I'll come right out and say it: One reason I like political scientist J. Eric Oliver's book Fat Politics: The Real Story Behind America's Obesity Epidemic (Oxford University Press, November 2005) is that it says what I have been saying for years--the so-called "obesity epidemic" is marketing hype promulgated largely by those who benefit financially from fat-related fear-mongering. And that is what's really impacting our health.
Oliver actually set out to write his book believing that "obesity" is a real problem in America -- that weight gain is causing numerous health problems and will even result in the first generation of children whose lifespans will be shorter than their parents' due to their expanding waistlines (both common declarations by "obesity" terrorists). Along the way, though, he discovered the real story -- which is that those proclamations of an "obesity epidemic" are built upon shoddy science and marketing campaigns developed and promoted by those who either sell purported "solutions" to the "problem" or whose funding depends on belief that they're researching or fighting a terrible disease.
In short, to paraphrase the title of another book, the notion of an "obesity epidemic" is a big fat lie.
Our body weight is not the cause of our ill health but merely the expression of metabolic processes that are meant to protect us in times of privation. In other words, our fatness is like our body hair or the shape of our ears -- it is a natural part of our physicality that has a specific function. The real health problems that are associated with being heavy, including heart disease and diabetes, are not coming from our weight but from the same metabolic processes that determine our weight levels, such as our appetites and insulin levels. (Fat Politics, p. 102)
Environment and, I might add, dieting history also interact with metabolic processes to affect health. See Glenn Gaesser, Ph.D.'s book Big Fat Lies: The Truth About Your Weight and Your Health for more on how weight loss and regain cycles have been found to harm health.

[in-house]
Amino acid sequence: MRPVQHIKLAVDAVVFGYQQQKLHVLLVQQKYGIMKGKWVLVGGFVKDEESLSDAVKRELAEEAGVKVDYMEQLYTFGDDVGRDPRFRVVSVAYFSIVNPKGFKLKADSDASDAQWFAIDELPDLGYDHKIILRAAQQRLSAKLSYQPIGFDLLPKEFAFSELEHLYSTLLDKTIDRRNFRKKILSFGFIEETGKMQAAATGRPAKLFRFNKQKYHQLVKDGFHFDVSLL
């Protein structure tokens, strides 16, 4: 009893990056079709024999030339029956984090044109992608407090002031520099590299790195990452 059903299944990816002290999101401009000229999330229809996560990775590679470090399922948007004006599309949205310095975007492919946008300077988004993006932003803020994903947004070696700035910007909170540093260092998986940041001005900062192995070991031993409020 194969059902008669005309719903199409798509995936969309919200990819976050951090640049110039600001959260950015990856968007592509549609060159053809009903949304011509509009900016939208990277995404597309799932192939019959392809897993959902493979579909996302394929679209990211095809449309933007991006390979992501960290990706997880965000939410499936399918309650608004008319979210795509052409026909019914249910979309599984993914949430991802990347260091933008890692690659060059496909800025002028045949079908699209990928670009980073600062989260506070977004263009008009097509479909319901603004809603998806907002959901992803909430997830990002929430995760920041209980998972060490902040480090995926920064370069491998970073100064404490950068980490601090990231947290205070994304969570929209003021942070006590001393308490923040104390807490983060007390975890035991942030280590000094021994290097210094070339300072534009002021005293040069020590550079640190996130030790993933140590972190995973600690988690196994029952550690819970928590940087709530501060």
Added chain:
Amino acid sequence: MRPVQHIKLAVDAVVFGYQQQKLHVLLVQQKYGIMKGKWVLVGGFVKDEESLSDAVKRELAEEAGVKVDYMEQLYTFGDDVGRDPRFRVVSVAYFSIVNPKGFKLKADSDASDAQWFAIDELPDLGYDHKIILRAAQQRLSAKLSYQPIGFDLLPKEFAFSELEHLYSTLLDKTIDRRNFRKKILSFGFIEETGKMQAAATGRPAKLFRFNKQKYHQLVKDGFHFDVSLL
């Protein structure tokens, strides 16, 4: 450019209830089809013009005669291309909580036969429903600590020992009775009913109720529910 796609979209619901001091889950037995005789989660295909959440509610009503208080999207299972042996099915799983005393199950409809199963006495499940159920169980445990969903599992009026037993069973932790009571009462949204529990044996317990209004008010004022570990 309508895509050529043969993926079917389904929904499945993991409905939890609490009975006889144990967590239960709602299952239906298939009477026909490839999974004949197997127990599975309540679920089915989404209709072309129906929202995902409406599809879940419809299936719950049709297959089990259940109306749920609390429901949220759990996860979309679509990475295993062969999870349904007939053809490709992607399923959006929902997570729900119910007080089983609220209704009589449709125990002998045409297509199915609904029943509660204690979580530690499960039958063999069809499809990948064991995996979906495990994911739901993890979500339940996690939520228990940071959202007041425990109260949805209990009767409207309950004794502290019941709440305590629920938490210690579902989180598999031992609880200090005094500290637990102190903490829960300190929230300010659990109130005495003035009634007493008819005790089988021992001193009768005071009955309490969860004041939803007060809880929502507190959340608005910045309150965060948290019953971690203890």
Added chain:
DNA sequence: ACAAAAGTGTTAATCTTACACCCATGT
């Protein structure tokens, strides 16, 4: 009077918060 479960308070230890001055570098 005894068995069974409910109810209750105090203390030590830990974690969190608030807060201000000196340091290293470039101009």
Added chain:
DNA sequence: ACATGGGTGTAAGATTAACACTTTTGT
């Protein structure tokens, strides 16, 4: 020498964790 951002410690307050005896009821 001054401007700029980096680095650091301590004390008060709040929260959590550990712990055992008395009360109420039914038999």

The old "weight = calories in - calories out" formula is incorrect. It's way too simple. We (or rather, science/medicine) don't know the true equation. But whatever it is, it contains many more variables than simply the number of calories ingested or expended.
Our weights may be written in our genes, but as far as obesity is concerned, it is written in a language that is far too complex for us to understand. This is because body weight is the classic example of what scientists call a polygenic trait, that is, a physical characteristic that comes from many different genetic sources. (Fat Politics, p. 105)
Fat Politics also reveals the statistical (and Powerpoint) sleight-of-hand employed to persuade Americans an "epidemic" is in progress. As Oliver reports, the number of Americans considered "obese" according to official standards increased by 55 percent between 1980 and 1994. But the average American didn't gain 55 percent more weight during that period -- he/she gained only seven to nine pounds.
That's right -- an average weight gain of seven to nine pounds since 1980 is the true "statistic" of the "obesity epidemic."
Oliver also mentions that Americans have, on average, gotten taller over the past century, largely due to the improved nutrition that's contributed to average weight gain. But you don't hear about a height epidemic, do you? That's because we don't vilify tall people the way we do fat people -- especially, Oliver points out, fat white women.
Another one of the many reasons Americans have gained that average seven to nine pounds over the past couple of decades is that the "average" American is getting older. Think about that population burst called the Baby Boomers of post-World War II, and the effect the natural aging of that cohort is having on the profile of the average American. We naturally add fat cells as we age, as a means of storing extra energy. And our set point -- the range of weight/body fat our bodies naturally defend and return to when we eat and exercise normally -- rises with age.
There's more -- a lot more -- to the politics of fat. Oliver also points out that despite considerable hoopla attributing increased incidence of diabetes to weight gain and insulin resistance,